KINGPIN (1996). Sandwiched between 1994's phenomenally successful Dumb & Dumber and 1996's phenomenally successful There's Something About Mary was another Farrelly brothers comedy that proved to be anything but successful. That's a shame, because while it falls short of the high-water mark of Mary, it's miles ahead of the utterly imbecilic D&D, offering big laughs and showcasing a number of memorable characters. (The late Gene Siskel so loved this movie that he placed it on his year-end 10 Best list, where it rubbed shoulders with the likes of Fargo and The English Patient.) Woody Harrelson stars as Roy Munson, a former bowling ace who has long since turned into a sleazy, small-time cheat. He gets a shot at salvaging his life when he hooks up with Ishmael (Randy Quaid), a naïve Amish guy who has the makings of a bowling champion; along with a brainy beauty (Vanessa Angel), they head out to Reno to compete in a major tournament. With select gags centered around horse mutilation, bull semen and raunchy tattoos, it's apparent that some stooping may be required to reach its level, but the film undeniably delivers on its comedy quotient. All of the actors are aptly cast, but it's Bill Murray who easily swipes the picture — he's at his unctuous best as Ernie McCracken, an oily bowler with an ego as enormous as his libido.
The Blu-ray contains both the PG-13 theatrical version as well as an R-rated cut that runs an additional four minutes. Extras consist of audio commentary by directors Bobby and Peter Farrelly; an interview with the siblings; and the theatrical trailer.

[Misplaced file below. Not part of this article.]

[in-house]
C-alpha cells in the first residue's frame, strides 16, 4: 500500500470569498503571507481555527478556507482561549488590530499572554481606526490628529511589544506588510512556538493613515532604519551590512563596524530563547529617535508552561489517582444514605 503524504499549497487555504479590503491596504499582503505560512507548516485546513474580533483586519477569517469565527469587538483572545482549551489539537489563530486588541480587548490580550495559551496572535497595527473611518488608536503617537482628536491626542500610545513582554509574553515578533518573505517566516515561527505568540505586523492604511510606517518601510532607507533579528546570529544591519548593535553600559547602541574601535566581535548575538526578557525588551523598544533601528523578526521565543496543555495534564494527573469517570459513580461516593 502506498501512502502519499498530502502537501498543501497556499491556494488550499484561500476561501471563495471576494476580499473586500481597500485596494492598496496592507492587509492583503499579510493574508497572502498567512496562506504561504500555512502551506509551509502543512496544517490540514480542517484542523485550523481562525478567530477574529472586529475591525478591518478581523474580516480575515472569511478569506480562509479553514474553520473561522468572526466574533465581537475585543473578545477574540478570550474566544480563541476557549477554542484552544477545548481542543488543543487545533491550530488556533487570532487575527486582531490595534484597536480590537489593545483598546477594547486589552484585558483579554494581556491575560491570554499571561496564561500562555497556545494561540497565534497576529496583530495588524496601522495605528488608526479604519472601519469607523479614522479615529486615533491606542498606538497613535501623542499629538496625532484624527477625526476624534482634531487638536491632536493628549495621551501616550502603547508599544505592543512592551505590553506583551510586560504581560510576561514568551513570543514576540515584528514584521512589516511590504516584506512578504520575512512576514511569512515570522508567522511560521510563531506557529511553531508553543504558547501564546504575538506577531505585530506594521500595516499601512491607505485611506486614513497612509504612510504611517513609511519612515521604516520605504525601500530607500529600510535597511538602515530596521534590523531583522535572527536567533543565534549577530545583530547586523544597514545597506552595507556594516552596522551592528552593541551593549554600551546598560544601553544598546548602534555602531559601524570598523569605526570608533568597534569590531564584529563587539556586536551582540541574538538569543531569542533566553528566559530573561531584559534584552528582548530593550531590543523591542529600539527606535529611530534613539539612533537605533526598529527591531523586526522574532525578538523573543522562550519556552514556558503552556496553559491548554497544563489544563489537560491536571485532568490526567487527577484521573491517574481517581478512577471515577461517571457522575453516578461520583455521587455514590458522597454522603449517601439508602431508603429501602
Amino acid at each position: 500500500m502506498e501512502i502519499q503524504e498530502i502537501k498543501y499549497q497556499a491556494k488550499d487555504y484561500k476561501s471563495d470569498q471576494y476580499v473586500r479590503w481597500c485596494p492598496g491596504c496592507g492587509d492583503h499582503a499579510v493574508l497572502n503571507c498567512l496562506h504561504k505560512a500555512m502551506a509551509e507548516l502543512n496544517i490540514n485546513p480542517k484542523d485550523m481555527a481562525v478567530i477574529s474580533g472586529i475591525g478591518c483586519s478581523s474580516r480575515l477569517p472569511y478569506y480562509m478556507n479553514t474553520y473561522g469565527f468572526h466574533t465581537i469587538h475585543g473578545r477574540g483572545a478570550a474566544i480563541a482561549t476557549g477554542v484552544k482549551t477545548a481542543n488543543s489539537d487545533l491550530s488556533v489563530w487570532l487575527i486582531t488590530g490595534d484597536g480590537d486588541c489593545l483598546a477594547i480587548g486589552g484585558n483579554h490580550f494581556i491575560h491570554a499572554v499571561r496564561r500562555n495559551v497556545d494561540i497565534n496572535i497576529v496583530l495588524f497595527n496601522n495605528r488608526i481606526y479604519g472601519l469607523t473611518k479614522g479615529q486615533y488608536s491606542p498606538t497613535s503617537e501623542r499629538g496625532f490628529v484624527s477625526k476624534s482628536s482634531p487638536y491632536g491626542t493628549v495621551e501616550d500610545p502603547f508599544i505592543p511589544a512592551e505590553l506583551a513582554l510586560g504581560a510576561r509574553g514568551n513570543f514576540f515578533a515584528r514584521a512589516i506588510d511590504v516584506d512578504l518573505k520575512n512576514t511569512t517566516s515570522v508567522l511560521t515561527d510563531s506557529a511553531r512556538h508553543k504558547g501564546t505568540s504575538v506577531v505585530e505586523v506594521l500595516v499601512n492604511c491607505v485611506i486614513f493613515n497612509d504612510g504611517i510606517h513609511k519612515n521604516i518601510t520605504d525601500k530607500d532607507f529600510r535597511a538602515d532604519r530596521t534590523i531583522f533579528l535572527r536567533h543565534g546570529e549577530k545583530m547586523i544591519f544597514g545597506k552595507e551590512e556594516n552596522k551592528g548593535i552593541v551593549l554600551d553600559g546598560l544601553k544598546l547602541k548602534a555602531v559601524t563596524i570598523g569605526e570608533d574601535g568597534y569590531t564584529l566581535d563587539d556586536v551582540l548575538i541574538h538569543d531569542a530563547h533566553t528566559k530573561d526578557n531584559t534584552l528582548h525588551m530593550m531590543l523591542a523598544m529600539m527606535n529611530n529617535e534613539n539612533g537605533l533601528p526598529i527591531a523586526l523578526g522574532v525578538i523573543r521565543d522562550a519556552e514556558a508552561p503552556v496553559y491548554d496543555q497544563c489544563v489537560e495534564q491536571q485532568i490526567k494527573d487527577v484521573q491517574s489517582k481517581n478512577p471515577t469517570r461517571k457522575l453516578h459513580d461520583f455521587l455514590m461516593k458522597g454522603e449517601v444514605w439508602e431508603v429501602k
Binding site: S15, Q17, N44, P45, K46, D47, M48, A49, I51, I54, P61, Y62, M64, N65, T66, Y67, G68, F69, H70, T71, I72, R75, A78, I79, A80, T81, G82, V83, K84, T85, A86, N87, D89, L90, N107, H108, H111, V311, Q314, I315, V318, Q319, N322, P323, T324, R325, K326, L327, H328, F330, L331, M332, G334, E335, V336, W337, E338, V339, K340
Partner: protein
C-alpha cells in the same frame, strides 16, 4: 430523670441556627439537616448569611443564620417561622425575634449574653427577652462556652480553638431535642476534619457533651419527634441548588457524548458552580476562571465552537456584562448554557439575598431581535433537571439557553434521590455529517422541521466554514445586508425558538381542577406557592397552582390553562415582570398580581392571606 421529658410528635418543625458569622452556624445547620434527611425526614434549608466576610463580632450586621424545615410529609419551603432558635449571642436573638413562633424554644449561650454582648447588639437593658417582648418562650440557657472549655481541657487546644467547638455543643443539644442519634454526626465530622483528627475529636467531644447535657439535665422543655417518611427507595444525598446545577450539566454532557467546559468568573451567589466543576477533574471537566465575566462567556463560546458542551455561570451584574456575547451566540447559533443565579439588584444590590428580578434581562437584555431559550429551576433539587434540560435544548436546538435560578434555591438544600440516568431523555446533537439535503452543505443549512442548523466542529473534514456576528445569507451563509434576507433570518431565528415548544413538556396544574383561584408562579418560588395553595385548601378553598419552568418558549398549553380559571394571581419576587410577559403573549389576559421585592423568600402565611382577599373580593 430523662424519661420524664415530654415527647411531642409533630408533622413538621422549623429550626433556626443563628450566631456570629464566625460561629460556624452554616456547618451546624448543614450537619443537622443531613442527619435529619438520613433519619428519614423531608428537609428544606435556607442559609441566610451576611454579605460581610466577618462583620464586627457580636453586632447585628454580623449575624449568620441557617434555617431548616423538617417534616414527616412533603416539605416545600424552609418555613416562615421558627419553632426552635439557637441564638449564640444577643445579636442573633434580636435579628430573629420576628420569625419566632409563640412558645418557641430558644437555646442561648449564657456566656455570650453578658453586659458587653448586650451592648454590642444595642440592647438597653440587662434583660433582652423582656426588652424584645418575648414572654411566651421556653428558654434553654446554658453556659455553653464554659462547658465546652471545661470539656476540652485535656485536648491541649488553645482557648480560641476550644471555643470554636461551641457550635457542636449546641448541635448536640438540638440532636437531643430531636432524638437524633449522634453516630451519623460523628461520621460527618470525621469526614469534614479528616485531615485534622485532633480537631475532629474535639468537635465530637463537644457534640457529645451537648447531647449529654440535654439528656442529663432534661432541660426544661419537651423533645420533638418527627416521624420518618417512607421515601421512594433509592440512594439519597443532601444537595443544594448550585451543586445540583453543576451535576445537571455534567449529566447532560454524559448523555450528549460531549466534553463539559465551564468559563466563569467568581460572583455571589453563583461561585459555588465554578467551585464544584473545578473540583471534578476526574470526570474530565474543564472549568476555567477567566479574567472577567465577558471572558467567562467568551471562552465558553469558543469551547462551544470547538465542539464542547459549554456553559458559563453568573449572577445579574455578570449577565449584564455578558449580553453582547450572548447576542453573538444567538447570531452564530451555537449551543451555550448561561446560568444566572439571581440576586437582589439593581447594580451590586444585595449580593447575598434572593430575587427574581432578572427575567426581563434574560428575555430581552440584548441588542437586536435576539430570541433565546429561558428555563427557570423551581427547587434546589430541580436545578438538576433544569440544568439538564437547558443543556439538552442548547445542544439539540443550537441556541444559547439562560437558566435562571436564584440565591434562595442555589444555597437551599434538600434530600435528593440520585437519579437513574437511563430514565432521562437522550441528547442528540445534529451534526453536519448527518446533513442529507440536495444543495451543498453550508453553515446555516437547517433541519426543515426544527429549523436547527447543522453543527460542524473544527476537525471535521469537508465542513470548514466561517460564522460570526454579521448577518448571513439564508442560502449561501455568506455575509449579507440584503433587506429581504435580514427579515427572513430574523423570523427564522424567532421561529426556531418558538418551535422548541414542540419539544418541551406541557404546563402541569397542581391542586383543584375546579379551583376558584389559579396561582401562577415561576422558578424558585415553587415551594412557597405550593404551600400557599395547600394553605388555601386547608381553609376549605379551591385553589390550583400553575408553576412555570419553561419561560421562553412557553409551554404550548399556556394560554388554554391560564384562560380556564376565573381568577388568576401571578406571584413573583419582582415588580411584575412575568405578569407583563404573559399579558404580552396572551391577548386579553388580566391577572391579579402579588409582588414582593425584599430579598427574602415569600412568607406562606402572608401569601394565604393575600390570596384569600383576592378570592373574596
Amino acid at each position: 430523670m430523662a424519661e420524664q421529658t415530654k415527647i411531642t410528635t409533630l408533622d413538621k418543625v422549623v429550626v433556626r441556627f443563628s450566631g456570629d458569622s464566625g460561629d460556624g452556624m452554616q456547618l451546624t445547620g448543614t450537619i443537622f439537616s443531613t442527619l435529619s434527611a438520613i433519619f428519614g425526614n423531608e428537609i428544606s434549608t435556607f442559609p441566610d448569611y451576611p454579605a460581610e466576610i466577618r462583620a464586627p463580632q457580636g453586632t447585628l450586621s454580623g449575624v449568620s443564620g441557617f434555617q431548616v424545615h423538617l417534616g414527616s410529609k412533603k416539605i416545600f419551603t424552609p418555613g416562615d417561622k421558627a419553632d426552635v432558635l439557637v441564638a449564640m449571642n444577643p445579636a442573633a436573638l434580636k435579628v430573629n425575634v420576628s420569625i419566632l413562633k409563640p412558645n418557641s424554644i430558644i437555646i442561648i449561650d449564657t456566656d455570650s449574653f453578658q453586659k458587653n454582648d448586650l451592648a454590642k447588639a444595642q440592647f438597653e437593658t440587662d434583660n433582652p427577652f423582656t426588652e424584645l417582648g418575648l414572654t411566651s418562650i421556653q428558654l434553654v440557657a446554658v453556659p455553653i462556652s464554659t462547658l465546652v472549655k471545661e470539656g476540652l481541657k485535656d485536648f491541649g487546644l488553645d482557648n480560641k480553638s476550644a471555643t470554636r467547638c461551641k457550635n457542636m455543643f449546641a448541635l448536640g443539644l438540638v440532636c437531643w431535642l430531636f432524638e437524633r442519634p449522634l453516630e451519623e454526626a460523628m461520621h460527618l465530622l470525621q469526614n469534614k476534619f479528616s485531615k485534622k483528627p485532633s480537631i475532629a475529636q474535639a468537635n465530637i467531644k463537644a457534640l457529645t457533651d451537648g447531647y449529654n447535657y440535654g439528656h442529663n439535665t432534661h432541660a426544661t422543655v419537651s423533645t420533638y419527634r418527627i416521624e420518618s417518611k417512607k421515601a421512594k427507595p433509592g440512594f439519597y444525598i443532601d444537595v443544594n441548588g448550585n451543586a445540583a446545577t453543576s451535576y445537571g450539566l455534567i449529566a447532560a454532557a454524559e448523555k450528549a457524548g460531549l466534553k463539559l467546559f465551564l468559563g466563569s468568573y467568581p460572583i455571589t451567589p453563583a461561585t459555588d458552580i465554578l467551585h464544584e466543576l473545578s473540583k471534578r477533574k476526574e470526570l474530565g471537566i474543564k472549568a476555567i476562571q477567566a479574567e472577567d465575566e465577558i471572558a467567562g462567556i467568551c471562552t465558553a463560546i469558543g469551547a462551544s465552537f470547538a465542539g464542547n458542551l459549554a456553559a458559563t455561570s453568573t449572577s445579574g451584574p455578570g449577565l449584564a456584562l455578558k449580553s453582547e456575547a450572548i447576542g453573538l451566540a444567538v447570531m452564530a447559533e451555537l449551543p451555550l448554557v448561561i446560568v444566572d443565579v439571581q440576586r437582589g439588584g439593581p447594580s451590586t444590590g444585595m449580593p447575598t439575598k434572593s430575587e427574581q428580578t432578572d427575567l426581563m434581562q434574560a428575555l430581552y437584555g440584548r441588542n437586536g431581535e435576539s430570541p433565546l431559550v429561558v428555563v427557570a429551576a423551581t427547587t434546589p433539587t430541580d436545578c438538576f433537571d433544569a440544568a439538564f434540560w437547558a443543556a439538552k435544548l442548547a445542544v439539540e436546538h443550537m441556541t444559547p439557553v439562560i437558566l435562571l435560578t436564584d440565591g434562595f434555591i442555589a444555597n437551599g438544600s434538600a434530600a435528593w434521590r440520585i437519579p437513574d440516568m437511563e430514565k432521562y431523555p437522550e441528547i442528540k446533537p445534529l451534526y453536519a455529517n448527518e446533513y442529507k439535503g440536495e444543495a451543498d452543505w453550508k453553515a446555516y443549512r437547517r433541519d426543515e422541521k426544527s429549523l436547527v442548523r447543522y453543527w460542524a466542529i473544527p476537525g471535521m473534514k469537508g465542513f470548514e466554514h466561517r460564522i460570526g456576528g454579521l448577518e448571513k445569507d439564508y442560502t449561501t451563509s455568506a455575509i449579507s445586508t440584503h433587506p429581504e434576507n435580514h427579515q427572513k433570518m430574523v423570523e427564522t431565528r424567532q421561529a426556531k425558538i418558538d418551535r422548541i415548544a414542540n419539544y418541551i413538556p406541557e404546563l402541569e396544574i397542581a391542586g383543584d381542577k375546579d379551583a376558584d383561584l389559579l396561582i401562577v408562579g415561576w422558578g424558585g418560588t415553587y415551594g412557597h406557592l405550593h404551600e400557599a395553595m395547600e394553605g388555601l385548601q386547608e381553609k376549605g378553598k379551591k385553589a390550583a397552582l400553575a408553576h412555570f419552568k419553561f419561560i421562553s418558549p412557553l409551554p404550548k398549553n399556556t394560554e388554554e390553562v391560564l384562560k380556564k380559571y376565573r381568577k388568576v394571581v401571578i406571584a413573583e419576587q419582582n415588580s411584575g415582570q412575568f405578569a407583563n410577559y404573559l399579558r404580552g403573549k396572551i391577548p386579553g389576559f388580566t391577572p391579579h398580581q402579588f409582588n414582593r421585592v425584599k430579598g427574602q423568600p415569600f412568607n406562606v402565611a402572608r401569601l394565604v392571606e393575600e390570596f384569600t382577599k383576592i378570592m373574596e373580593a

LE CHEF (2014). In the world of culinary cinema, if the Oscar-winning Babette's Feast is a 10-oz. filet mignon and Ang Lee's Eat Drink Man Woman is a 4-lb. lobster, then the French import Le Chef registers as a delectable bonbon, small and insignificant but nevertheless sweet and satisfying. The fine French actor Jean Reno stars as Alexandre Lagarde, a renowned chef known throughout Paris for his prowess in the kitchen (it also doesn't hurt that he has his own cooking show on television). Although he's the driving force at a tony restaurant named after him (Cargo Lagarde), the sleazy owner (Julien Boisselier) finds his dishes too old-fashioned and wants to replace him with a chef who specializes in the new-fangled cuisine known as "molecular gastronomy." The only way Lagarde can be fired is if his eatery drops from a three-star establishment to a two-star one, and that's likely as he's about to be visited by some cranky food critics just as he's set to introduce his spring menu. But unlikely help comes in the form of Jacky Bonnot (Michaël Youn), a wannabe top chef whose demanding nature in the kitchen costs him job after job. Lagarde takes a chance on Jacky, but even the veteran finds himself repeatedly exasperated by this young upstart's behavior. The French have long been efficient at producing streamlined comedies that offer spirited performances and many modest laughs (just stay away from the majority of the American remakes), and Le Chef is no exception. The subplot involving the relationship between Lagarde and his adult daughter (Salomé Stévenin) adds nothing to the picture, but the rest is tightly scripted and goes down as smoothly as a glass of warm milk.
Blu-ray extras include a behind-the-scenes featurette; deleted scenes; and a blooper reel.